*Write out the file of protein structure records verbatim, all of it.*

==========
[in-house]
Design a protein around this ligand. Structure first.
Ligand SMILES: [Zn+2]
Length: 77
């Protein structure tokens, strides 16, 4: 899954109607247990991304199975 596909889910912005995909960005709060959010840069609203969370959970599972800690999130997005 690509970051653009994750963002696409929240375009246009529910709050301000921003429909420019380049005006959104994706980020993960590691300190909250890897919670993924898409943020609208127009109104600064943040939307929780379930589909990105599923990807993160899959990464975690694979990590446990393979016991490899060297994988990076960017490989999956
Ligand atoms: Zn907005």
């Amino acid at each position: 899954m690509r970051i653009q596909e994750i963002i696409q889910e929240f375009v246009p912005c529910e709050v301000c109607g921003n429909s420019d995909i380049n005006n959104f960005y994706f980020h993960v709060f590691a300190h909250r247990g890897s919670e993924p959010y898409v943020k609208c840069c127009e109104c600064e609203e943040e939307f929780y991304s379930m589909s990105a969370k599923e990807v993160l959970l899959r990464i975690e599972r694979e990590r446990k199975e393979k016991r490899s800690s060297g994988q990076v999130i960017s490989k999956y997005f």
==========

[in-house]
Design a protein around this ligand. Structure first.
Ligand SMILES: [Zn+2]
Length: 77
């Protein structure tokens, strides 16, 4: 899954109607247990991304199975 596909889910912005995909960005709060959010840069609203969370959970599972800690999130997005 690509970051653009994750963002696409929240375009246009529910709050301000921003429909420019380049005006959104994706980020993960590691300190909250890897919670993924898409943020609208127009109104600064943040939307929780379930589909990105599923990807993160899959990464975690694979990590446990393979016991490899060297994988990076960017490989999956
Ligand atoms: Zn907005």
């Amino acid at each position: 899954m690509r970051i653009q596909e994750i963002i696409q889910e929240f375009v246009p912005c529910e709050v301000c109607g921003n429909s420019d995909i380049n005006n959104f960005y994706f980020h993960v709060f590691a300190h909250r247990g890897s919670e993924p959010y898409v943020k609208c840069c127009e109104c600064e609203e943040e939307f929780y991304s379930m589909s990105a969370k599923e990807v993160l959970l899959r990464i975690e599972r694979e990590r446990k199975e393979k016991r490899s800690s060297g994988q990076v999130i960017s490989k999956y997005f």